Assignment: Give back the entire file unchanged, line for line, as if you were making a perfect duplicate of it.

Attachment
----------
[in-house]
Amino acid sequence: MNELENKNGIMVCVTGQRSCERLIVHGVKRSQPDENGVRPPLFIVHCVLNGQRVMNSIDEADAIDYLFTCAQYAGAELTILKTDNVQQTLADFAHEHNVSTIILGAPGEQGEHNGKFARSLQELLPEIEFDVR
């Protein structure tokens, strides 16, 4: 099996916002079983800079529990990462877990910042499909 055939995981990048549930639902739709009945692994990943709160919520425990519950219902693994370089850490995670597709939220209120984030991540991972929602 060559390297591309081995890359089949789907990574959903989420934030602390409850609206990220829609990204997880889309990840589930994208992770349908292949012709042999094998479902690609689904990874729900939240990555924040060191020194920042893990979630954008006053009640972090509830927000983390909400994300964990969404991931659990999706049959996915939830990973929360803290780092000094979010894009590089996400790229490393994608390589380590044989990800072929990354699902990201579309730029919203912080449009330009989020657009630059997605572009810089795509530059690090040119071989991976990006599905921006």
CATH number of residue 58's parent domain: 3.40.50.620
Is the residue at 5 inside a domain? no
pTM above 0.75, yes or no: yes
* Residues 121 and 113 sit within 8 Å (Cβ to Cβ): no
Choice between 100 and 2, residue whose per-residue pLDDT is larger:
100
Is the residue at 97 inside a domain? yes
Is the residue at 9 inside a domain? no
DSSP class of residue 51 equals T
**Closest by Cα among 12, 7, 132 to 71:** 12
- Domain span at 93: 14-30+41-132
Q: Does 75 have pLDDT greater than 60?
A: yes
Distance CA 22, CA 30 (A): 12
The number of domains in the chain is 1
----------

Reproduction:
[in-house]
Amino acid sequence: MNELENKNGIMVCVTGQRSCERLIVHGVKRSQPDENGVRPPLFIVHCVLNGQRVMNSIDEADAIDYLFTCAQYAGAELTILKTDNVQQTLADFAHEHNVSTIILGAPGEQGEHNGKFARSLQELLPEIEFDVR
């Protein structure tokens, strides 16, 4: 099996916002079983800079529990990462877990910042499909 055939995981990048549930639902739709009945692994990943709160919520425990519950219902693994370089850490995670597709939220209120984030991540991972929602 060559390297591309081995890359089949789907990574959903989420934030602390409850609206990220829609990204997880889309990840589930994208992770349908292949012709042999094998479902690609689904990874729900939240990555924040060191020194920042893990979630954008006053009640972090509830927000983390909400994300964990969404991931659990999706049959996915939830990973929360803290780092000094979010894009590089996400790229490393994608390589380590044989990800072929990354699902990201579309730029919203912080449009330009989020657009630059997605572009810089795509530059690090040119071989991976990006599905921006």
CATH number of residue 58's parent domain: 3.40.50.620
Is the residue at 5 inside a domain? no
pTM above 0.75, yes or no: yes
* Residues 121 and 113 sit within 8 Å (Cβ to Cβ): no
Choice between 100 and 2, residue whose per-residue pLDDT is larger:
100
Is the residue at 97 inside a domain? yes
Is the residue at 9 inside a domain? no
DSSP class of residue 51 equals T
**Closest by Cα among 12, 7, 132 to 71:** 12
- Domain span at 93: 14-30+41-132
Q: Does 75 have pLDDT greater than 60?
A: yes
Distance CA 22, CA 30 (A): 12
The number of domains in the chain is 1